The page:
Katha Pollitt’s essay is a jewel. When I read it, I was deeply touched by it, probably because I learned to drive after breaking up with the father of my daughter. Driving was something he was doing the whole time so I didn’t have to do it. I know, in America, 13-year-old kids know how to drive, but in Europe, you don’t have to. If you live in a city, it’s something you don’t do. I think people like me who are control freaks; we find it really difficult to learn how to drive. So when I read Katha Pollitt’s story, I had an instant projection. It’s a very subtle way to talk about a break-up without talking about a break-up. It’s an incredible story about exploring and getting to know someone you don’t know anything about, who is from another world, and I think the script that Sarah wrote really captures the essence of Katha’s story.

In what ways does driving become a metaphor for life?

Darwan’s character makes it very clear: when you’re behind the wheel, being in the now is what matters, not the rest of what’s going on in your life. And the fact you can focus on something very specific and not wonder about the million things going through your mind helps you in life, and it’s true. When Wendy has overcome this fear of driving, she knows she can be independent.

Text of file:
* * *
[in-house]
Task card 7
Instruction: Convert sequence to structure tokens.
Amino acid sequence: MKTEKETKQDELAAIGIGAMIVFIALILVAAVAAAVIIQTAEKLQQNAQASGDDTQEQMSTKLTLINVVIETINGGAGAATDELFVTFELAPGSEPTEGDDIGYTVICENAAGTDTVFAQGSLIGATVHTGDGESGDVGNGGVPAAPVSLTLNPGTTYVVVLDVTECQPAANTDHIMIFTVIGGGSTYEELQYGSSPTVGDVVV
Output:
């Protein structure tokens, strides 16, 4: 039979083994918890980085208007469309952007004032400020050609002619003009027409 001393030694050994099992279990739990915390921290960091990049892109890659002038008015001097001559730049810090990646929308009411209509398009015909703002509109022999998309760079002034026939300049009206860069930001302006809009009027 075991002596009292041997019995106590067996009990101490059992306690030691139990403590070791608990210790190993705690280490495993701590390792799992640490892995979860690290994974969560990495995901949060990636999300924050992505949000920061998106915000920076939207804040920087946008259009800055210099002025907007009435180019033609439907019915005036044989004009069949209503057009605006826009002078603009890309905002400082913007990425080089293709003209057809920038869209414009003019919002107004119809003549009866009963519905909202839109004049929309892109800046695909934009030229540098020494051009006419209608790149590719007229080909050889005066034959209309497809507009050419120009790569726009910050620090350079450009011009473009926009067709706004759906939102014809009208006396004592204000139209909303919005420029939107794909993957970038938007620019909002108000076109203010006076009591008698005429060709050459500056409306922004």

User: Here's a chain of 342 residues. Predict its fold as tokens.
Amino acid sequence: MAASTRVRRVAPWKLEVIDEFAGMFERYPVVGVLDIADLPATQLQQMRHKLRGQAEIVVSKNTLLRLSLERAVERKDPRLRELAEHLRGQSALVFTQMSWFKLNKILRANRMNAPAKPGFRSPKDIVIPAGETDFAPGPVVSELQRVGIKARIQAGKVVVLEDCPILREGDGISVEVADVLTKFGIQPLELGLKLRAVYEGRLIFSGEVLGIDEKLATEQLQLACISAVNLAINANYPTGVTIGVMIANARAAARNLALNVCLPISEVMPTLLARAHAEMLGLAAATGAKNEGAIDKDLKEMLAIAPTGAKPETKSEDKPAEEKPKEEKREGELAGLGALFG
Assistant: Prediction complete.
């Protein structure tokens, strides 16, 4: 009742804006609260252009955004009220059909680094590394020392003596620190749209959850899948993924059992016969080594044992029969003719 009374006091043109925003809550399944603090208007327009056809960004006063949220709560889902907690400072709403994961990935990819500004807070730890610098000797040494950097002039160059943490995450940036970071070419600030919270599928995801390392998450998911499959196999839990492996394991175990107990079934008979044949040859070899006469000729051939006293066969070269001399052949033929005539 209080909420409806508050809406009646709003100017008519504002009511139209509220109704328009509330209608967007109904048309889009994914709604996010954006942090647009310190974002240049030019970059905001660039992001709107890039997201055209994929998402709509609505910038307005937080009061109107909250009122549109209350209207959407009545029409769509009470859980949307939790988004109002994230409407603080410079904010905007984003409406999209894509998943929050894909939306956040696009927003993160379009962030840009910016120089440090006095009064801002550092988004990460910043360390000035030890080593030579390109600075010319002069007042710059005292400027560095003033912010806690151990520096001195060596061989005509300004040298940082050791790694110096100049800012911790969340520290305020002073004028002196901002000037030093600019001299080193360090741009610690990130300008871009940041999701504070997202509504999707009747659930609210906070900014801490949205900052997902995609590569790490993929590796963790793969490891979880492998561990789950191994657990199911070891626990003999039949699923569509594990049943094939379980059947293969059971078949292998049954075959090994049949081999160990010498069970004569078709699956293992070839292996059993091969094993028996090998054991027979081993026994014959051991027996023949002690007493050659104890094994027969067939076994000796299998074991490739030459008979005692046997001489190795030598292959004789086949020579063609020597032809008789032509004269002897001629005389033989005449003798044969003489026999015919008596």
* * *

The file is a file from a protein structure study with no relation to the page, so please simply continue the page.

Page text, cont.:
Why New York, where driving is nigh impossible?

Yeah, it’s true, because I had a very difficult time driving in New York. Also, making that film during summer, being in that car for so many hours, carrying the camera, wasn’t easy. But I like difficult things. In the original story, the character played by Ben Kingsley is from the Philippines, and here, he is from the Sikh community, and I think that was very interesting because in New York, half of the taxi drivers are from Punjab. It also lead us to explore a community in Queens that you never saw on film before. Since the original story happened in New York, we didn’t find any reason to set it elsewhere.

What’s next for you?

Nobody Wants the Night is a film with Juliette Binoche, Gabriel Byrne, and Rinko Kikuchi. We shot in Norway and Bulgaria. It’s set in 1909 and focuses on the wife of Robert E. Peary, the man who discovered the North Pole, and what happens when his wife goes to the North Pole to search for him. We just finished the shoot and I’m editing that right now.